Any film starring the late great Oliver Reed is a winner in this humble reviewers opinion and Revolver is no exception. Reed, the charismatic drunkard was known for attacking difficult roles with relish. From his early days with Hammer Films in The Curse of the Werewolf to his long-standing association with Ken Russell in the likes of Women in Love and The Devils, Reed exuded a rugged charm that won him many fans. In fact Russell was the only director who truly let the actor run riot on set
He brings his tough guy persona to the fore in Revolver as the cop who will stop at nothing to find his kidnapped wife. Joined by Italian heartthrob Fabio Testi, star of Four Gunmen of the Apocalypse and The Big Racket, the duo make an unlikely alliance that makes for a winning cinematic combination. Both actors seem to enjoy the challenge and director Sollimo keeps Reed’s tendency to over act to a minimum. Revolver joins a series of tough cop thrillers that proved to be box office gold in the 70s and 80s in Italy.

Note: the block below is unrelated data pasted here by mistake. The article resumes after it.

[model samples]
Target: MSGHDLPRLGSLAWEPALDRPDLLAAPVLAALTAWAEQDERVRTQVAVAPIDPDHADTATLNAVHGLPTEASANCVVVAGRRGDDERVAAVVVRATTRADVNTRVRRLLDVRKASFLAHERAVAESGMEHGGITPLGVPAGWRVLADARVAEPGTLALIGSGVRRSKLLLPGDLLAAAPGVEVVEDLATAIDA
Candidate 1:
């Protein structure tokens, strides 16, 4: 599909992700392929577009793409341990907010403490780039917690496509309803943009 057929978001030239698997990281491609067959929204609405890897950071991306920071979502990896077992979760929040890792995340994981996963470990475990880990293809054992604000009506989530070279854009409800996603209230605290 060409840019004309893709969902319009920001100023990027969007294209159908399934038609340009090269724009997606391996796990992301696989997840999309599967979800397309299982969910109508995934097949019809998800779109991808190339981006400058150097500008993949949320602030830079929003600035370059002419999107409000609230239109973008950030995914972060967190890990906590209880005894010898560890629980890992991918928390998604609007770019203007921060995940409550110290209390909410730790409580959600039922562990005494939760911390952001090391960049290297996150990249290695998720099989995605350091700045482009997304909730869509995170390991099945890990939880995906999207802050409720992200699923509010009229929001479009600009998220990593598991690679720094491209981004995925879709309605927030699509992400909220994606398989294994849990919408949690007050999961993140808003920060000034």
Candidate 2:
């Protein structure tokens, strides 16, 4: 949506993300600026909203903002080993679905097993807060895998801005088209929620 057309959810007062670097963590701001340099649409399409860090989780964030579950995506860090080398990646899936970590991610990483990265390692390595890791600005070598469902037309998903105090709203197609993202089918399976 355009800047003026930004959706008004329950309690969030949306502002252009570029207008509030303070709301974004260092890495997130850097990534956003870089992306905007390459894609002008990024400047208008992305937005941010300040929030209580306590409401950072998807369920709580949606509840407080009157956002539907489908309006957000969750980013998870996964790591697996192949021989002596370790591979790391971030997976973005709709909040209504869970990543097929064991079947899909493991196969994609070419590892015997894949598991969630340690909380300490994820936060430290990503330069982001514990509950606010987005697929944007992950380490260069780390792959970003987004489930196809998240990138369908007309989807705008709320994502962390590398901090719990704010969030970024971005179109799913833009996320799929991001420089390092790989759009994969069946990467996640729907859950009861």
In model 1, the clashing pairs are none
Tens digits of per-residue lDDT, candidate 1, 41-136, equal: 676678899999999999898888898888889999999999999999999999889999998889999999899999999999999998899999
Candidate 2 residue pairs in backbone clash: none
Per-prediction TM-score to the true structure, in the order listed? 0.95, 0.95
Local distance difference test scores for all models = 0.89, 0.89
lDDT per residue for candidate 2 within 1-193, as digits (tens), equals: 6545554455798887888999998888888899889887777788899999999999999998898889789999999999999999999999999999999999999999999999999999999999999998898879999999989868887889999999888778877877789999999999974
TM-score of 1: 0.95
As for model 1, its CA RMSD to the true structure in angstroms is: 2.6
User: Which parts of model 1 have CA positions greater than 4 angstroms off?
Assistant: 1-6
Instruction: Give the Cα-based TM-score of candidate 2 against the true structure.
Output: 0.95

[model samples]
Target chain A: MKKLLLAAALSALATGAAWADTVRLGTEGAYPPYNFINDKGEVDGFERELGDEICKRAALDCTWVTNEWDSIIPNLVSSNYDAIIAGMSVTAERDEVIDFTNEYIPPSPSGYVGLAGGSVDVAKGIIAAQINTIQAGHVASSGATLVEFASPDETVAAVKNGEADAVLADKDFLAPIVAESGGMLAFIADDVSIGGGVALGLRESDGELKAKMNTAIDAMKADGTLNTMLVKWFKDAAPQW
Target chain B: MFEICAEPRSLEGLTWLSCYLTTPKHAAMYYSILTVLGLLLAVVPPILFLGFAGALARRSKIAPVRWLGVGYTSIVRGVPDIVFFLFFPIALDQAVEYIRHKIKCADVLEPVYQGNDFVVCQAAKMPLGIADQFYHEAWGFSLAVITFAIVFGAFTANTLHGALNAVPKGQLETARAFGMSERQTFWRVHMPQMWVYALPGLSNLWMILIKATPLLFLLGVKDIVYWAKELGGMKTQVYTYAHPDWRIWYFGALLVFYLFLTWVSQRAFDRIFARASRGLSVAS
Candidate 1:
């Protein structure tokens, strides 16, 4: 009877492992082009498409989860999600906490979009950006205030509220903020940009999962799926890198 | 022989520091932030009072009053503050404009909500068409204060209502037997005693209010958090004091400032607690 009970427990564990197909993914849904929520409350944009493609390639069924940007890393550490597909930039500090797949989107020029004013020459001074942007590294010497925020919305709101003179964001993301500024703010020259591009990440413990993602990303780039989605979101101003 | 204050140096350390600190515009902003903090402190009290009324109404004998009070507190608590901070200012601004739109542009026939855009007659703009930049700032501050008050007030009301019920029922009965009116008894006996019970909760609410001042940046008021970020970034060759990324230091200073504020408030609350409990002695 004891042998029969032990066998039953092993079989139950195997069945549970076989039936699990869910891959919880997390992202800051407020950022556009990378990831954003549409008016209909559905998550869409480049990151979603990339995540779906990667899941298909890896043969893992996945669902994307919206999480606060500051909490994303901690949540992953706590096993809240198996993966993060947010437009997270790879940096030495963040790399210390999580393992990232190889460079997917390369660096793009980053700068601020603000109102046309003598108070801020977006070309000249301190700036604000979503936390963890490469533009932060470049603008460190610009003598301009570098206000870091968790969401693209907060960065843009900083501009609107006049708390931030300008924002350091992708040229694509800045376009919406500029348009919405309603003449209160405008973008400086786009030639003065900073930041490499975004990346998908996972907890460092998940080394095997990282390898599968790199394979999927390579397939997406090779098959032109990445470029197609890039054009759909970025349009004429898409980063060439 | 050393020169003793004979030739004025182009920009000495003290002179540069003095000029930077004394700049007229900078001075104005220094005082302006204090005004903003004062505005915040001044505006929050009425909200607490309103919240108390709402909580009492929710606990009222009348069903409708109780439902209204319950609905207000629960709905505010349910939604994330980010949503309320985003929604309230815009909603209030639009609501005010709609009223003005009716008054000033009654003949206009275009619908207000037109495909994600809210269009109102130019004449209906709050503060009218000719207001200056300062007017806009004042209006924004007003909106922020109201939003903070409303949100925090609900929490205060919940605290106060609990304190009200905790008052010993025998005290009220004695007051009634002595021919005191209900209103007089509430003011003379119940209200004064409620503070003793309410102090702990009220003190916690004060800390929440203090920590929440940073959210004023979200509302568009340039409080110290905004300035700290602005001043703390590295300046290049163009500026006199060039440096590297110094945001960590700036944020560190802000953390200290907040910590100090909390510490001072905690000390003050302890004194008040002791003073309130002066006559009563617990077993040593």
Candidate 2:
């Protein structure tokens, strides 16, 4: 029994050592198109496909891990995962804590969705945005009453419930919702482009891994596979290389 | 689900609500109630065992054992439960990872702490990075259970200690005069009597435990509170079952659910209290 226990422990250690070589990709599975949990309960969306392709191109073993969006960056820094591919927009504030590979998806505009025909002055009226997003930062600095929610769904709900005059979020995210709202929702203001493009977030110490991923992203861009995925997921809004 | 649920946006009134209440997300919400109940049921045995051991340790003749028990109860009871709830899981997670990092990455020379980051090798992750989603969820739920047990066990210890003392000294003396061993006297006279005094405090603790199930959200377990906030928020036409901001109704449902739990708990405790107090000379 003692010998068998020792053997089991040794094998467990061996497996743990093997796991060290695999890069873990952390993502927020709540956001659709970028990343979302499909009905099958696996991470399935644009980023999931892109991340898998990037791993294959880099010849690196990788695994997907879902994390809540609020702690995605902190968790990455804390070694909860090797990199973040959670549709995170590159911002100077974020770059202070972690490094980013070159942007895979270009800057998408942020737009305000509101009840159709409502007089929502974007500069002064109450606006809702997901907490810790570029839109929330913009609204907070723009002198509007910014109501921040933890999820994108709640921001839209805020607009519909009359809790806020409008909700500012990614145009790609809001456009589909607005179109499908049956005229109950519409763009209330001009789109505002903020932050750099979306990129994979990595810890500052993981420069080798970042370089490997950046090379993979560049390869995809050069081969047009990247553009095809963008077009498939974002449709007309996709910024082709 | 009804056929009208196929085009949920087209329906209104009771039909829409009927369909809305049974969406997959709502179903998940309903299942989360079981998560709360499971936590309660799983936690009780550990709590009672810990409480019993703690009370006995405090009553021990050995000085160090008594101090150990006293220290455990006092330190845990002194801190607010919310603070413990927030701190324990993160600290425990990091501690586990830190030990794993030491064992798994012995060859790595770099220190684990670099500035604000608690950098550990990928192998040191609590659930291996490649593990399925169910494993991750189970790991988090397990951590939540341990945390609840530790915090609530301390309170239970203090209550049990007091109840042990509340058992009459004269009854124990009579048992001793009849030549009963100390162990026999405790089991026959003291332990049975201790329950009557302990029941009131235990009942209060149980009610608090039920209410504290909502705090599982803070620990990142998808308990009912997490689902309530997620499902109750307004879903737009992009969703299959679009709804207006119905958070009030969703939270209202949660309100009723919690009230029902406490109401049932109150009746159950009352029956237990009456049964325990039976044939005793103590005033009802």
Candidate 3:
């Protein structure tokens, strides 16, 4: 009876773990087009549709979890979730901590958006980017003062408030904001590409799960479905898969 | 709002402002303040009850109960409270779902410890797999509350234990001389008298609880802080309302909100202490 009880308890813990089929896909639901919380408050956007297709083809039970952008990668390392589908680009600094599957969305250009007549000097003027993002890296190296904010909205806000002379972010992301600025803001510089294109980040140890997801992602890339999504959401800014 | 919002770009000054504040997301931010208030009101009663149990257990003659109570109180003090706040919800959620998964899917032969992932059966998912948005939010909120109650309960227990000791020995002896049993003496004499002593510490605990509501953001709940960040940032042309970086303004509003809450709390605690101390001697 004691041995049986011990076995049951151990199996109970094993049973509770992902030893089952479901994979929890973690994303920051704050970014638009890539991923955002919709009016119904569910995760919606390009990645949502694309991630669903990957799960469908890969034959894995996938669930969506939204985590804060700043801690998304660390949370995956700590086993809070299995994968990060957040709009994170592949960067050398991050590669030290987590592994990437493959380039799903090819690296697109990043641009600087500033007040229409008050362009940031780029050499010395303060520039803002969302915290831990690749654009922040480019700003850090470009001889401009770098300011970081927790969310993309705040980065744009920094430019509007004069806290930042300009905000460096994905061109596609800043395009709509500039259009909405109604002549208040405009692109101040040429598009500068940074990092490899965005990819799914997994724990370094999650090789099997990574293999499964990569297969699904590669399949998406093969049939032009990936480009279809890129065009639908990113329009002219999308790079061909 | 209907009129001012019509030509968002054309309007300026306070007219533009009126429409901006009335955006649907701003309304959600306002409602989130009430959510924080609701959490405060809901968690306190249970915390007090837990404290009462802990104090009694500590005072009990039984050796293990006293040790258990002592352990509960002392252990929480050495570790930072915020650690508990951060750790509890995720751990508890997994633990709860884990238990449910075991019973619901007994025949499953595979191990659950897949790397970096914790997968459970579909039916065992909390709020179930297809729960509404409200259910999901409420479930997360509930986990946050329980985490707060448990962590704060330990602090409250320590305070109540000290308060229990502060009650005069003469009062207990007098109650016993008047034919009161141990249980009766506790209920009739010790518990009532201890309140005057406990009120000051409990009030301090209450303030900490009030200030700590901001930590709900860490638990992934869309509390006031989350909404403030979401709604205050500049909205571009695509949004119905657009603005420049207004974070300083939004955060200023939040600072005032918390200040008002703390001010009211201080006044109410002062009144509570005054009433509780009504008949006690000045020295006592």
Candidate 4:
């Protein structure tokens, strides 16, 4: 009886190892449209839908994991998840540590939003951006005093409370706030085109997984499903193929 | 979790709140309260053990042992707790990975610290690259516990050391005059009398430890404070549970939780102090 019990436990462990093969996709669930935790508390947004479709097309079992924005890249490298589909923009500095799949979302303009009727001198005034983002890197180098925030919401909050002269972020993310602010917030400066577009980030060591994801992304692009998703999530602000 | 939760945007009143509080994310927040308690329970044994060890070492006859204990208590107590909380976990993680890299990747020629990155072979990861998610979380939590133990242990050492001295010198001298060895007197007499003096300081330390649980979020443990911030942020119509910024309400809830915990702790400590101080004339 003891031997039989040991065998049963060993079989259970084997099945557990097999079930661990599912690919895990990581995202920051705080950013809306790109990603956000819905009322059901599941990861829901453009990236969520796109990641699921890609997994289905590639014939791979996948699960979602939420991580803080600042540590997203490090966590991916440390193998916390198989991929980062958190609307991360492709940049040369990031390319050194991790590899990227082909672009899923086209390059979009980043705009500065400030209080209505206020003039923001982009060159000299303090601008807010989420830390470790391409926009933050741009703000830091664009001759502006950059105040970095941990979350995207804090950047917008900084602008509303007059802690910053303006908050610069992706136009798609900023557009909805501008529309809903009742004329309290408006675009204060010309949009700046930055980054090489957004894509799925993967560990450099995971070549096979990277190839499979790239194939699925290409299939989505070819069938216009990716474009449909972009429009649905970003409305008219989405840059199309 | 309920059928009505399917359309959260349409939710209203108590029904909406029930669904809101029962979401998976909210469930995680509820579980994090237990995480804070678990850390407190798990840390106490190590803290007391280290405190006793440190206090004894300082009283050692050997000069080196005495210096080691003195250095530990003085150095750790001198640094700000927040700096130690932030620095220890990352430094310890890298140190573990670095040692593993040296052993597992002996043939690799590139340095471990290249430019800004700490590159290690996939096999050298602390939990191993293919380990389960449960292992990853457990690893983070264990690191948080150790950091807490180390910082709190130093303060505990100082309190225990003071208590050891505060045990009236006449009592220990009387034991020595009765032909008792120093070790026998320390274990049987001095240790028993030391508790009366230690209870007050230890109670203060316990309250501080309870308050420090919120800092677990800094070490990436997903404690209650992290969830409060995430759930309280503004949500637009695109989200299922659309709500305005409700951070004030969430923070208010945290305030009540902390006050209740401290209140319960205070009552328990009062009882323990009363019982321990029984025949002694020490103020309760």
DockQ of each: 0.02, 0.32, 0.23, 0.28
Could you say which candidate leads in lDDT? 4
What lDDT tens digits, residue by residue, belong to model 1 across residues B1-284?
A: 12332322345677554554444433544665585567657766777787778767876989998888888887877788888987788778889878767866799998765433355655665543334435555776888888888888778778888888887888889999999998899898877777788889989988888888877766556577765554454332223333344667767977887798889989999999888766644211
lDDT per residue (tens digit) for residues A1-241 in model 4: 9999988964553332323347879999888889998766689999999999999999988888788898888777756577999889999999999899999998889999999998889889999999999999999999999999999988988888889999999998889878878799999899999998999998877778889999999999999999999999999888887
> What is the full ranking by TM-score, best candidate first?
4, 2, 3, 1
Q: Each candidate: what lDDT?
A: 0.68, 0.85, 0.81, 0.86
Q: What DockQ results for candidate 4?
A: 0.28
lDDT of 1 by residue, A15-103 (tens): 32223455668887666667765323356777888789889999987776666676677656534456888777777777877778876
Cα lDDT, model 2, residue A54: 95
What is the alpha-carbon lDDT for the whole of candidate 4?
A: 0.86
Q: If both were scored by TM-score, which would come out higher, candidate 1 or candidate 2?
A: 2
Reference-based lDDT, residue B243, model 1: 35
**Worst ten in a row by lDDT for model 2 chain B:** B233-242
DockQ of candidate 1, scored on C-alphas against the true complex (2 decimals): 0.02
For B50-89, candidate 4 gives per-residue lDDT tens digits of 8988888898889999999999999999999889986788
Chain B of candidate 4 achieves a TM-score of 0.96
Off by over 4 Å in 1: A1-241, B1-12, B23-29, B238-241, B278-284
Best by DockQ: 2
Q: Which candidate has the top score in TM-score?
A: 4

Every Italian director worth his salt tried his hand at the genre. Lucio Fulci inevitably hit the screens with the ultra gory Contraband and the genres stalwart Enzo. G. Casterelli gave us The Heroine Busters. Sollimo became an expert of the harsh city streets with such thrillers as Run Man Run and Violent City. The interesting thing about the Italian approach to the cop thriller was that the good guys were often as corrupt as the criminals they hunted. Revolver draws a very fine line as the Warden engulfs himself into the criminal underground and that’s what makes the film so interesting. The Warden is just as corrupt as the prisoners he spends his life incarcerating. The pounding soundtrack by maestro Ennio Morricone is the icing on the cake on this highly recommended thriller.
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